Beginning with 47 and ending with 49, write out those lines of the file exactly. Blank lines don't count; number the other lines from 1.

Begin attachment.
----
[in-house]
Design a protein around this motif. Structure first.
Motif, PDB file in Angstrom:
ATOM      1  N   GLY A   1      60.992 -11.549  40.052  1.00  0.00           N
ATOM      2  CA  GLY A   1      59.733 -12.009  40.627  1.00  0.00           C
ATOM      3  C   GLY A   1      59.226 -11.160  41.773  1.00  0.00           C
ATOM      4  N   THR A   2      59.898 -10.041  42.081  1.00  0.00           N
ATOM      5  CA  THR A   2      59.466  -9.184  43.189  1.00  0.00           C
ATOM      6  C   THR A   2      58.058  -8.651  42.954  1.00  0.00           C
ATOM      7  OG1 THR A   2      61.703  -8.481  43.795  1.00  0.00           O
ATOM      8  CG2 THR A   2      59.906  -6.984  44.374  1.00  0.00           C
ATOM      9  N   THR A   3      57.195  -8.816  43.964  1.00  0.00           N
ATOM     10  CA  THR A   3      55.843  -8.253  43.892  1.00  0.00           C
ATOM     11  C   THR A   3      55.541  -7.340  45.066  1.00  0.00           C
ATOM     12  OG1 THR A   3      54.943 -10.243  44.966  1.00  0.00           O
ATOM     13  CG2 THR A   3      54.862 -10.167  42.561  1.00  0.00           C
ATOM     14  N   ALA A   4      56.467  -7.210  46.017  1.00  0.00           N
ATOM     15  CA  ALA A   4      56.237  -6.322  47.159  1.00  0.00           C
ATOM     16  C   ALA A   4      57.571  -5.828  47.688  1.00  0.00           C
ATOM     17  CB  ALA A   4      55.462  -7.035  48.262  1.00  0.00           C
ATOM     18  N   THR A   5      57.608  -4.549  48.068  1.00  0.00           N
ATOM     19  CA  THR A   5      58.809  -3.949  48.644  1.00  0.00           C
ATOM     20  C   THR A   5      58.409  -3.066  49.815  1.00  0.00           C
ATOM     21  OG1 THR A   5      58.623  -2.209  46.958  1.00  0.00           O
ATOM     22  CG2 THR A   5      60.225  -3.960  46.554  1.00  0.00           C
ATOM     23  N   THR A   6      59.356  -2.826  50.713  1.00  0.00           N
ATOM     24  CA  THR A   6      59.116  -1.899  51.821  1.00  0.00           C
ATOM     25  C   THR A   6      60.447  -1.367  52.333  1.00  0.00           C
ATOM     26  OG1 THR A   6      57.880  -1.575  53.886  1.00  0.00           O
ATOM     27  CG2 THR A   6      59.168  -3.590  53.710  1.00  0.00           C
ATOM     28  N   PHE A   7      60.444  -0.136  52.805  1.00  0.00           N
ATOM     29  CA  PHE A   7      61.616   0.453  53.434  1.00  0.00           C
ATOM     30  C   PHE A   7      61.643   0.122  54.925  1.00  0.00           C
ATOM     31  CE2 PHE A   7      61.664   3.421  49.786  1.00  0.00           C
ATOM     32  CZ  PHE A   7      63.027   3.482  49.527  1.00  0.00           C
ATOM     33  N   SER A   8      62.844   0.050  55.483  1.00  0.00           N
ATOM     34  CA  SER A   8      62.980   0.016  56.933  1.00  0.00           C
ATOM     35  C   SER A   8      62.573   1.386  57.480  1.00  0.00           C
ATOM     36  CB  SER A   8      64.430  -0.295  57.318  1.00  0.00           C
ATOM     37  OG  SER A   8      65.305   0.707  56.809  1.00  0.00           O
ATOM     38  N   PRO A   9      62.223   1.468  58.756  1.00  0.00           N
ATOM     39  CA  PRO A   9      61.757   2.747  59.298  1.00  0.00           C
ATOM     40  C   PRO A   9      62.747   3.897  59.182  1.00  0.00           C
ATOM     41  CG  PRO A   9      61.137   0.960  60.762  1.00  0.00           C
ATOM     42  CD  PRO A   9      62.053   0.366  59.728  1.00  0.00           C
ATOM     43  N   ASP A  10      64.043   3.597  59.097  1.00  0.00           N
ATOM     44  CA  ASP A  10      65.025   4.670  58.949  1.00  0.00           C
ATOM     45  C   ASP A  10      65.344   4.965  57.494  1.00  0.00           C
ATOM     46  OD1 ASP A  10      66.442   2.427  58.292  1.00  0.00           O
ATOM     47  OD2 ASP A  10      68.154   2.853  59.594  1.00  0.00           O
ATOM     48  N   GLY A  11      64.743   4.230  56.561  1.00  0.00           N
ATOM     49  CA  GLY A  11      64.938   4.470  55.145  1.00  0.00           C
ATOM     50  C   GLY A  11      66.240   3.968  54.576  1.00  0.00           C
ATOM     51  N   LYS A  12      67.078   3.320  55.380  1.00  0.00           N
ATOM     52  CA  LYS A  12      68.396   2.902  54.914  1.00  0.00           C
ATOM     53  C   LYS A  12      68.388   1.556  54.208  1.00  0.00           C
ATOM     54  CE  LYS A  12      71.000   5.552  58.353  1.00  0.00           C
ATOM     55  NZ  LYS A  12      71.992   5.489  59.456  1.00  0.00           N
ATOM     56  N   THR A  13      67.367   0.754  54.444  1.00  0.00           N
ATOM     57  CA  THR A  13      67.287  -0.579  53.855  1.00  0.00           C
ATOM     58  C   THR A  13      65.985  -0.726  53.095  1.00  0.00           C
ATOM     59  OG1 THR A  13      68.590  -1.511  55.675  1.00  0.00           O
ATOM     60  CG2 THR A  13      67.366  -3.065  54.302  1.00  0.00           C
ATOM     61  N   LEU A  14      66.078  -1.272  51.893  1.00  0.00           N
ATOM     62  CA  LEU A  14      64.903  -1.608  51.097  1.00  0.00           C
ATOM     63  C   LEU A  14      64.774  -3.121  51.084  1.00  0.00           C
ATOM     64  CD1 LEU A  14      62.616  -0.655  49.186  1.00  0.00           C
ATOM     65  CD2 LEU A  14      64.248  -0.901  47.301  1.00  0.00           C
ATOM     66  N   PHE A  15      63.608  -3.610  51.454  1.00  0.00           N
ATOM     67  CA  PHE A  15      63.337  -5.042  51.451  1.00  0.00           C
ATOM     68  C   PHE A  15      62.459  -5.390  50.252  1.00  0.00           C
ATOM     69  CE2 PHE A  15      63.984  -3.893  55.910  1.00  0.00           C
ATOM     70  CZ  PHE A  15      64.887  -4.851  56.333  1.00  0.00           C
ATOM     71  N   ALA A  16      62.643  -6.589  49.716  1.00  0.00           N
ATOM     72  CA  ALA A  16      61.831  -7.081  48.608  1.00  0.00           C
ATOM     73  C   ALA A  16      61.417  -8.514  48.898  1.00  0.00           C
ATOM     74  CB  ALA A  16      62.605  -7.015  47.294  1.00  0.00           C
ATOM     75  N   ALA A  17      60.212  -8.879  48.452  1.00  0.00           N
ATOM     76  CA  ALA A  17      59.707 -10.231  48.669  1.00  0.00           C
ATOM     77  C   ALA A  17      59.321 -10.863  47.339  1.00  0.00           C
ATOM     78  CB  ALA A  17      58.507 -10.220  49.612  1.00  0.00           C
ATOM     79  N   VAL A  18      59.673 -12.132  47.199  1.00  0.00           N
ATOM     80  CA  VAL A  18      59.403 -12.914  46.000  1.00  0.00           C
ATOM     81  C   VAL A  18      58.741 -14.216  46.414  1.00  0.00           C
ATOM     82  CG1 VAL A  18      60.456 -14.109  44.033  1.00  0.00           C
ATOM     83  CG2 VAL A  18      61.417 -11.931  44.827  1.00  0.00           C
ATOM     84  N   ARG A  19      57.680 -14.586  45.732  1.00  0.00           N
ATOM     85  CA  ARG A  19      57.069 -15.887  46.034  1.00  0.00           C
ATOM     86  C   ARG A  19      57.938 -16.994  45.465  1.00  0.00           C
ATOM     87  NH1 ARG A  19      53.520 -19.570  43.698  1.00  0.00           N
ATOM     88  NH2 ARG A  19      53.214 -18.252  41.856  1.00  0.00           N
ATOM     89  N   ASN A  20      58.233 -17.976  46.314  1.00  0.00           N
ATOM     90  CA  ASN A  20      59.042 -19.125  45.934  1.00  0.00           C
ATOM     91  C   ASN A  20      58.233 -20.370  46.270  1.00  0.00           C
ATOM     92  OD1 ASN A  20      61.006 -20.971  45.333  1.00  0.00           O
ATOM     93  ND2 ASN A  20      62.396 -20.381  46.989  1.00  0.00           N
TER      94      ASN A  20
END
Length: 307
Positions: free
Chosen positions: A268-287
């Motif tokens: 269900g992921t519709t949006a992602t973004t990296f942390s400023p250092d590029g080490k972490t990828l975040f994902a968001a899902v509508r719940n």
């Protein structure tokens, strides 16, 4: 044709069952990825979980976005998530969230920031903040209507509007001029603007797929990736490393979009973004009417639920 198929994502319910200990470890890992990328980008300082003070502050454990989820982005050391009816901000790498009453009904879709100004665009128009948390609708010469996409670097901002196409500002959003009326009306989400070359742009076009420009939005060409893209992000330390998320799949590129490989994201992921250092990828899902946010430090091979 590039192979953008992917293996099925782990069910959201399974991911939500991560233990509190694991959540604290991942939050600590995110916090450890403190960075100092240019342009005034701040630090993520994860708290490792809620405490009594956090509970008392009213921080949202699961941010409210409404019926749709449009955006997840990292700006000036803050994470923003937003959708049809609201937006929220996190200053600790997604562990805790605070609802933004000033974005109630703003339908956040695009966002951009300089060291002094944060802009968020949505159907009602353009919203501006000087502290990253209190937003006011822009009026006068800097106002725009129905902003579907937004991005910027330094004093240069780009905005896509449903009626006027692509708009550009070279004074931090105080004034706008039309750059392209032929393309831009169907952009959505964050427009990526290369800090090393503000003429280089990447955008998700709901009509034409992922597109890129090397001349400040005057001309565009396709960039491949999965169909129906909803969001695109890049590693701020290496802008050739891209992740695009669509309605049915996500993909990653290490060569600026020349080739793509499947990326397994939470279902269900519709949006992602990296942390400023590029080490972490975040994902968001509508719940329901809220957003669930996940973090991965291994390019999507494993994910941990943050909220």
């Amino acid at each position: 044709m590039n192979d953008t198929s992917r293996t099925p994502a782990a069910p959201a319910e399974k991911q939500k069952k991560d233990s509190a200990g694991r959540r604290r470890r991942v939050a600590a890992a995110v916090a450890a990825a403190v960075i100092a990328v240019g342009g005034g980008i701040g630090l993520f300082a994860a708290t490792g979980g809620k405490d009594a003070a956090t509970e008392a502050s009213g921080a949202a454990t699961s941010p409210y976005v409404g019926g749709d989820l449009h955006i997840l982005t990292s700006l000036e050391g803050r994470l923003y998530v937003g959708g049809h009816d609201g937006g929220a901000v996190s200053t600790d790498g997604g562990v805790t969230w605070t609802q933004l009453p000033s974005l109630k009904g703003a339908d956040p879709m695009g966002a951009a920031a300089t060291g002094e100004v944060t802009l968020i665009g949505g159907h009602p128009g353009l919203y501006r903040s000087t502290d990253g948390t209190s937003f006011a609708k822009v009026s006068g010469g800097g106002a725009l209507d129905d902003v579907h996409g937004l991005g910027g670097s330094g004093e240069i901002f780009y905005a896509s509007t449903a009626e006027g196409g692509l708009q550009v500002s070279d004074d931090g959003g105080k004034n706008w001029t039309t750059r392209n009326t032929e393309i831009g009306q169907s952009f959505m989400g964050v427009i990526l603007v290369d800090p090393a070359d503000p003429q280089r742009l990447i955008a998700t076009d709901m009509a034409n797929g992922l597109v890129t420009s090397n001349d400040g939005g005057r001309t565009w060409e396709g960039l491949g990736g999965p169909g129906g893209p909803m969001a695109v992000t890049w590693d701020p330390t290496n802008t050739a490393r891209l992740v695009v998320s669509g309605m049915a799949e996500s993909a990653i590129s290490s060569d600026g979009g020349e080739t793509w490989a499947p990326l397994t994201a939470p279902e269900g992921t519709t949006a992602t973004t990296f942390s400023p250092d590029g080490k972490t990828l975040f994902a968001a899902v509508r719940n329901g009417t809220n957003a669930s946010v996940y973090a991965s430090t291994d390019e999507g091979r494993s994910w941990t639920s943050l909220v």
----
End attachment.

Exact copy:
ATOM     44  CA  ASP A  10      65.025   4.670  58.949  1.00  0.00           C
ATOM     45  C   ASP A  10      65.344   4.965  57.494  1.00  0.00           C
ATOM     46  OD1 ASP A  10      66.442   2.427  58.292  1.00  0.00           O